The United Nations General Assembly had declared 2016 as the International Year of Pulses (IYP) and had nominated FAO (Food and Agriculture Organization) as the entity that would implement this concept in collaboration with different stakeholders. The idea was to highlight the crucial role played by pulses in maintaining a healthy diet, sustainable production of food, and also food security.
The last four decades have witnessed a steady increase in international trade in different kinds of organic pulses. In the three years ending in 1971, only a meager 4 percent of total pulse production was exporter/imported globally. This figure had increased to 18 percent in the triennium ending in 2013.
Asia, Africa, Europe, Latin America and the Caribbean have a larger share in the imports of pulses as compared to exports. Asia showcases a large demand for pulses and is responsible for 64 percent of the total global imports. The top pulses importers (country-wise) are India, China, Pakistan, Egypt, Turkey, USA, UAE, Italy, UK and Spain.
What are pulses?
The edible seeds of the plants in the legume family, pulses are considered superfoods due to the many nutritional benefits they offer. They contain high levels of dietary fiber, vitamins, minerals, phytochemicals and complex carbohydrates which make them a highly recommended food the world over. They assist in digestion, lower blood cholesterol levels, and help prevent chronic diseases such as diabetes, heart problems and obesity.
The major types of pulses in reference to their world production and consumption are the common bean, chickpea, dry pea, lentil, cowpea, mung bean, urad bean, and pigeon pea. In addition to these major types, there are also a few minor types that are produced and consumed worldwide. Of the different types of pulses, dry pea, faba bean and lupins are used as animal feed in some of the developed countries.
This is the largest producer as well as consumer of spices in the world. India accounts for 25 percent of global production, 15 percent of international trade, and 27 percent of world consumption. Recently, the Union Ministry of Commerce changed the status of three pulses of tur, moong, and urad from restricted to open category. This move is expected to further drive pulse imports to the country. It is anticipated that this free import policy would facilitate the quick import of pulses in India by traders who would be more than eager to fill in-demand shortages. The imports would primarily be from Myanmar, Africa, and neighboring countries.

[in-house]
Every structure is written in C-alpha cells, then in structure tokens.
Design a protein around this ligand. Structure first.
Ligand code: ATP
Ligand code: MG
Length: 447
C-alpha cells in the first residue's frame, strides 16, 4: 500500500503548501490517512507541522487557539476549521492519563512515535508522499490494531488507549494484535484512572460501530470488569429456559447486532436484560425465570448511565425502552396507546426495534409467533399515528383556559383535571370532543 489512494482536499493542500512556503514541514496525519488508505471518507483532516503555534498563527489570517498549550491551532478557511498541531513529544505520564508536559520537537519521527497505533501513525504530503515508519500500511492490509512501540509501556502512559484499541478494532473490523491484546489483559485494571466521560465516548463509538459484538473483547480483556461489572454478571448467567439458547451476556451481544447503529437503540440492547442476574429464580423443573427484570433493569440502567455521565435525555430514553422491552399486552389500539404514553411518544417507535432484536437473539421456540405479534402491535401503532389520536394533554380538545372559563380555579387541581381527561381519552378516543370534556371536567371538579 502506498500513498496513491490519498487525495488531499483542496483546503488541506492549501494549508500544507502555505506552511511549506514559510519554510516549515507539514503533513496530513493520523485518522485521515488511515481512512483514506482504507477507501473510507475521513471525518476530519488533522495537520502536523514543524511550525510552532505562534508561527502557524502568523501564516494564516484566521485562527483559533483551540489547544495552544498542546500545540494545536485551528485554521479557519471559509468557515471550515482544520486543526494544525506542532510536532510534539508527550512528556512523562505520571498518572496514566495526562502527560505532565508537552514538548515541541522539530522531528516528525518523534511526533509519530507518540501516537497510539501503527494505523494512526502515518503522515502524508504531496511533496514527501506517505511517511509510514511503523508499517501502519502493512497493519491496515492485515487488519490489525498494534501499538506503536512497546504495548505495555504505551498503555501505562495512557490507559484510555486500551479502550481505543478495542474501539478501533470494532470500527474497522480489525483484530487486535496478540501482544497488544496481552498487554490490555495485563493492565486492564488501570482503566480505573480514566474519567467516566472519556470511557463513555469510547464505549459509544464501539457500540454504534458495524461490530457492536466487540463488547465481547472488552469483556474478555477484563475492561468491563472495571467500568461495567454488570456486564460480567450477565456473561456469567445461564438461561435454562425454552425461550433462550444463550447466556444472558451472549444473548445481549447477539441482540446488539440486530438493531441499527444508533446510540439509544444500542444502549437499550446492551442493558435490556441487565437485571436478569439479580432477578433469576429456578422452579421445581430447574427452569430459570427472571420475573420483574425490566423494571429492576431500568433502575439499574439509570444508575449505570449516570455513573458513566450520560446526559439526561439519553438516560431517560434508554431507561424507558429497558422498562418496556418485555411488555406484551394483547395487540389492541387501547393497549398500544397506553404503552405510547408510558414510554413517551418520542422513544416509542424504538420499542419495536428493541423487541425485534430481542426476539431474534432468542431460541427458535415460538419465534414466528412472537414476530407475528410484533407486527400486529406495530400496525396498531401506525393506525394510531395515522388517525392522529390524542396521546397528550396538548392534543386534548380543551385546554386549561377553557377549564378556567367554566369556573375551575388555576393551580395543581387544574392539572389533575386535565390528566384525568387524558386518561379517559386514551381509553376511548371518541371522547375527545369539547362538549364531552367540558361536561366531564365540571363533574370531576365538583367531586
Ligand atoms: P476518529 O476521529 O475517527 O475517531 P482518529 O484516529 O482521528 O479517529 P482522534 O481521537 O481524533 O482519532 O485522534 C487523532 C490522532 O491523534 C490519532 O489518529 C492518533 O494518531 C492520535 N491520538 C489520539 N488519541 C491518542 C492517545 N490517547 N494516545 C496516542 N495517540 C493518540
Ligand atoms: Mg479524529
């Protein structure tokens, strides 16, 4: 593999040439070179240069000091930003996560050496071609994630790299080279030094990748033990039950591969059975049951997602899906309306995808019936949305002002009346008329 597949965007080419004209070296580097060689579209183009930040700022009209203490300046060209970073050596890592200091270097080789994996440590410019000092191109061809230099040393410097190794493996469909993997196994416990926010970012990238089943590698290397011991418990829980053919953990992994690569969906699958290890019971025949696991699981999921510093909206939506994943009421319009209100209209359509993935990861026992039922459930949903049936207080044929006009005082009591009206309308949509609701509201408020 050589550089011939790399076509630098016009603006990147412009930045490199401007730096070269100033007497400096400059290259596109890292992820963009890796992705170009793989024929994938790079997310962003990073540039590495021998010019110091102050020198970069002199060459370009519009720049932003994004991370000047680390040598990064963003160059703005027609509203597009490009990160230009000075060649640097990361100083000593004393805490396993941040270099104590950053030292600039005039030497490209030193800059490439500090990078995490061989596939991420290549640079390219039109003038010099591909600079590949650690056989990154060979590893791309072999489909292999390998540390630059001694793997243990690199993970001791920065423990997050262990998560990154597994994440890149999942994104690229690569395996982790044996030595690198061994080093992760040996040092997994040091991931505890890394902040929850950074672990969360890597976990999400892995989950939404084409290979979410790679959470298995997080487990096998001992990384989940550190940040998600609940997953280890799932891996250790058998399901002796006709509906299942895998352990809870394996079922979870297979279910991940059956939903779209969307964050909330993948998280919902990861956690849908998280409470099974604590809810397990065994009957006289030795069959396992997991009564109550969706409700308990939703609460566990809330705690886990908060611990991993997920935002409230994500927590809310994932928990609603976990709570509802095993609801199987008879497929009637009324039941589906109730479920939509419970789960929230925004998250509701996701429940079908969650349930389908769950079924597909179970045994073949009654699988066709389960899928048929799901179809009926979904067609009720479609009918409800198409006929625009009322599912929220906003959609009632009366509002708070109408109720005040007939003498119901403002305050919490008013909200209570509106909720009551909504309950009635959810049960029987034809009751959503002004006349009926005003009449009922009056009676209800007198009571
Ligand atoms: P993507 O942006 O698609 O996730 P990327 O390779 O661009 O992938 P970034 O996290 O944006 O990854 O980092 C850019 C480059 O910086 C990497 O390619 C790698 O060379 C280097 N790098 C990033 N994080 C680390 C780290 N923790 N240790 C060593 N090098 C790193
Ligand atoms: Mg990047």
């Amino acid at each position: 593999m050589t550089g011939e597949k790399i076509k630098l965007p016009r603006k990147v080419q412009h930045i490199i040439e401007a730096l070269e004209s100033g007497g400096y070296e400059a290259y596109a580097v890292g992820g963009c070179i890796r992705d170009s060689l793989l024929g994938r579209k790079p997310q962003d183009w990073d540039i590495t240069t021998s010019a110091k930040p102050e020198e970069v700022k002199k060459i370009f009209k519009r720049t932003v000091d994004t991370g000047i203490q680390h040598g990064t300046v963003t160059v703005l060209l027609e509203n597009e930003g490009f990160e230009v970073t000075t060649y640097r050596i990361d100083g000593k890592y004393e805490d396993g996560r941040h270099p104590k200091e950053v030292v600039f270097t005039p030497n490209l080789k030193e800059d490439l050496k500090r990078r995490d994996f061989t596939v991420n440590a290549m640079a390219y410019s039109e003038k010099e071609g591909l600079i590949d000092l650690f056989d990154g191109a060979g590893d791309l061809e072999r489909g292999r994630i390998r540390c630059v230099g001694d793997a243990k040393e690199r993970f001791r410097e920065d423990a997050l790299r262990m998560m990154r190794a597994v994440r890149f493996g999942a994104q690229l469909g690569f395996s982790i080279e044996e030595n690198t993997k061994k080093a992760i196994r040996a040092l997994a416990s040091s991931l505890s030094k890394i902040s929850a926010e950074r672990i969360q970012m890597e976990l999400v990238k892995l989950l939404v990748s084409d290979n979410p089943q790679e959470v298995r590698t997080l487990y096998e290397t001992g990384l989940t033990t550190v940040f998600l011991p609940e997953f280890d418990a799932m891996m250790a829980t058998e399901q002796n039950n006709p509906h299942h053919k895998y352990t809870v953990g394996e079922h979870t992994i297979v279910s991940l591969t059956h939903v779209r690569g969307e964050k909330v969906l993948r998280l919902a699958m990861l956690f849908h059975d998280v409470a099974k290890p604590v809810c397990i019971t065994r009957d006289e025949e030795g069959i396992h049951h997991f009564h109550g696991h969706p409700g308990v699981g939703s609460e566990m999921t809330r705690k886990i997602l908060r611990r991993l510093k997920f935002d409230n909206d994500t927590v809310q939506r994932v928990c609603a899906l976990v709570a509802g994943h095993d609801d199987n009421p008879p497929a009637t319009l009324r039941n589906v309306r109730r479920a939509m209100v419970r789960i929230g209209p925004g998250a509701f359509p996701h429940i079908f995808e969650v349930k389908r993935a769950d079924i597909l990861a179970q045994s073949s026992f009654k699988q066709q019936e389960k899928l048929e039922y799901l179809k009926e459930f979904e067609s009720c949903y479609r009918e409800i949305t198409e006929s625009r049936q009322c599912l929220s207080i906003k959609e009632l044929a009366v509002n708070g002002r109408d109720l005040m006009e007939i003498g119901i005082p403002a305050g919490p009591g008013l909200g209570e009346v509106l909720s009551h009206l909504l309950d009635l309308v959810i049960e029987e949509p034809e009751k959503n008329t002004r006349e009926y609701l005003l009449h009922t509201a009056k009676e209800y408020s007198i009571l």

India has signed a MoU with Myanmar to import 250,000 tons of urad and 100,000 tons of tur every year from 2021-22 to 2025-26 in the form of private trade. Moreover, the production of pulses is also increasing in the country, opening up avenues for pulses export from India.
China started importing pulses in the early part of the 1990s and the volume of the same has only increased over time. The demand has been fuelled by corresponding demands of dry peas from the food processing sector, specifically the vermicelli producers. The two countries from where China imports are Canada and the USA.
The major pulses imported are dry peas and green grams. This industry however lacks efficiency as it is dominated by smallholder producers with small parcels of land.
Pakistan is the second-largest importer after India in the Asian region. The major pulse imported is desi chickpeas from Australia, Ethiopia and Burma. The country imports Kabuli chickpeas from the USA, Canada, India, Russia, Sudan and Argentina and also red lentils from Canada.
In March 2020, a fiscal stimulus package of Rs. 1.2 trillion was approved by Pakistan’s Economic Coordination Committee, where the rate of advance tax on imports of myriad pulses has been reduced to 0% from 2%. This is part of a policy measure to provide relief during the economic low triggered by the lockdown. It’s covered include peas, chickpeas, beans, kidney beans, and lentils.
Egypt is a substantial food and pulses importer, with rice being the only food crop with an exportable surplus. In value terms, the imports of pulses increased significantly in 2020 in the country. The period between 2007 and 2020 recorded buoyant growth in the sector, with the imports of pulses reaching a peak in 2013.
The main suppliers of pulses to Egypt are Australia, the UK and Lithuania. Between 2007 and 2020, Lithuania demonstrated the most notable rate of growth in terms of purchases. In terms of value, the largest suppliers to the country are Australia, Canada, and Lithuania.